17.04.2019
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 Raise them to be resilient: Wisdom from parents of superstars Read an article recently by a parent regarding the college admissions scandal – she talked about how hard her mother had worked to afford her college – and how hard this mom is working to get her teen into “a good school.”  SHE COMPLETELY MISSED THE POINT!! If you read and listen to the FACTS about today’s teen challenges, THE SINGLE most important trait is RESILIENCE and RESOURCEFULNESS. Helicopter parenting, laissez-faire society, eroding standards in most facets of life, lack of self-discipline, the retired Stanford University dean who said “today’s incoming students are THE WORST ever at self-management.”  THEN, on the news - huge economic downturns, loss of jobs and the now-unemployed “don’t know what to do.” If you raise your teen to be resilient and resourceful, they will NEVER be at a loss. HOW TO?  [I’ve said it all before - - ] ·         DO NOT prevent failure.  ·         Encourage and support it – praise it – BUT GROW FROM IT.  Sort of like the movie A League of Their Own, “there’s no crying in baseball.”  Well, you can cry briefly over failure – but, as I learned playing high school football, when you get knocked down, YOU GET BACK UP! From coaching teens, I see two great sources of these learnings: ·         sports and ·         theater. Both teach that everyone can’t be a star, life is a team sport, sometimes you’re “only” in the chorus or sitting on the bench. I have a Mom friend who required her twin sons to be involved in high school sports or they didn’t have their car.  Makes sense! But let’s go back: ·         when they fail, guide them to their own revelations.  ·         Mine was lack of discipline and total unawareness of goal-setting and self-discipline. ·         As always, ASK, DON’T TELL. The more you tell, the less they think. ·         The more you ASK, the MORE they think!!! [quote from a sports coaching blog post] - Win or lose, don't rehash your child's performance right after a match or meet, says DA Franklin. "After Missy swam as a kid, the only things I would ask were: 'Did you do your best?' and 'Did you have fun?' she says. "When Missy would say, 'Yep, I had a blast,' that was the end of the discussion. Her father and I would respond, 'Fantastic! Now let's go get some dinner.' "I still tell her, 'Have fun!' before every competition." When your kid is ready to talk about the game -- or anything else -- don't lecture, just listen, says Wanda Durant. "Kevin [famous NBA basketball player] knew he could talk to me about anything," says Durant, who counseled her son as he agonized over where to sign this summer. "There are still times when he will call and we'll just kind of talk things through." Raising them to be resilient: Wisdom from parents of superstars
11.04.2019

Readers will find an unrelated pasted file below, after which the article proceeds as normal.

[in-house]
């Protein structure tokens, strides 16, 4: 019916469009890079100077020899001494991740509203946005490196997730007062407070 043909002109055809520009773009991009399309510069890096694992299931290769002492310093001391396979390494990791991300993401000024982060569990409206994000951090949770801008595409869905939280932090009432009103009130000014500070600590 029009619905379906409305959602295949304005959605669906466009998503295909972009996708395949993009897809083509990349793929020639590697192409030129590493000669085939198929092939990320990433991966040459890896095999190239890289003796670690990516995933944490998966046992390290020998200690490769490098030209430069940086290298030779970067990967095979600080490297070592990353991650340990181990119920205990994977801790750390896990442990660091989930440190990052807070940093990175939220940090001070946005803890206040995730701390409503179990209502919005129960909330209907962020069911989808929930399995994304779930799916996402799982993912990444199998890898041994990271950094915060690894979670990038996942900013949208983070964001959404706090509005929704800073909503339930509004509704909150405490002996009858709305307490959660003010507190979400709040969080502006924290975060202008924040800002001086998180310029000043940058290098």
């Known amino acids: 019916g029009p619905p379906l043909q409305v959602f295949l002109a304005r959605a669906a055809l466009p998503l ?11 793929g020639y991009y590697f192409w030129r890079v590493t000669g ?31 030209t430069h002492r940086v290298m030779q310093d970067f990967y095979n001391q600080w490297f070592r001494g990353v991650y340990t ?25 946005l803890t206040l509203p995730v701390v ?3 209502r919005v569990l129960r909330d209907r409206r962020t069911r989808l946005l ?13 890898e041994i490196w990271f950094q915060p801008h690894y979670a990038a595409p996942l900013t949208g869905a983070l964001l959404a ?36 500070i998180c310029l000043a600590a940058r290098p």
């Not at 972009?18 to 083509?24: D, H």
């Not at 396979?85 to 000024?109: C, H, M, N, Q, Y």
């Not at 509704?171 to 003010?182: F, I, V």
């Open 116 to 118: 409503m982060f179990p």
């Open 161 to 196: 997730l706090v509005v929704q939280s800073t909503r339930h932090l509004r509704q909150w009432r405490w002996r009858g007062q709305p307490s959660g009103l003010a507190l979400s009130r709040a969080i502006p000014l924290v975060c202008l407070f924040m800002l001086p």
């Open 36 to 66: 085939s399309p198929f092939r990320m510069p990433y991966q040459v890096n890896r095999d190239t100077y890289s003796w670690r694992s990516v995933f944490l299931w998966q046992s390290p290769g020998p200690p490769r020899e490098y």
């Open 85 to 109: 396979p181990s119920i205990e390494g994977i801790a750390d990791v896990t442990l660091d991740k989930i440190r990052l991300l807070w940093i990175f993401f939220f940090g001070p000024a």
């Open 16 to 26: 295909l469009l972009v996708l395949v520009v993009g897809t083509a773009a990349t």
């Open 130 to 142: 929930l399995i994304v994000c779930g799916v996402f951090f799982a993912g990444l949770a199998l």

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People’s behavior is highly predictable - simply by observing patterns of behavior – repeated actions. Once is happenstance, twice – MIGHT be a pattern.  Third recurrence probably shows a pattern.  EXPECT IT TO RECUR. In these Parents pages are numerous stories of teens doing outlandish, even unnerving or unpleasant  things. And the frequent pattern is that their parents were COMPLETELY surprised by them. Any sports fan can tell you that almost anything the opposing team does – was ANTICIPATED by ‘our’ coach. How is that possible?  They review previous games – to look for PATTERNS – and then they PREPARE for them!! So what might you, as a parent of a teen [their coach] prepare for?  Following are the usual, frequent issues you may face.  I’d strongly suggest you prepare at least four sequential reactions or strategies if and when these situations occur.  Be prepared!  You may deny that your teen would ever face these issues – and there’s a VERY good chance you’d be WRONG! ·         Drugs? ·         Sex? ·         Drunk or high @ home, school, police station? ·         Grades spiraling downward? ·         Belligerence? ·         Distancing from you – emotionally ·         Depression/ anxiety? For EACH of them, PRE-PLAN, THINK AHEAD of what you might say or do – four steps is probably good.  PROBABLY best to avoid the usual lecture – they simply zone out the moment they hear that in your voice.  As a general rule, ASK far more than you TELL. Be as specific and graphic as possible.  Don’t ASSUME they’ll understand exactly what you mean if you use colloquial or conceptual terms.  Use PARAPHRASING      - which is NOT repeating back, but instead using their own words to explain.  When they’ve done that, they will communicate to you EXACTLY what they understood – and what they MISSED – giving you the chance to clarify and reinforce. EVERY SINGLE ONE OF THESE invites if not requires an insightful, meaningful conversation – a dialogue, not a monologue - about these issues BEFOREHAND. That provides much time to hear your teen and let them hear your thoughts on the matter.  If you don’t have these conversations before the situation occurs, be assured, after-the-fact is the WEAKEST possible time. If you’d like any thoughts in or about these areas, please ask. GOOD LUCK!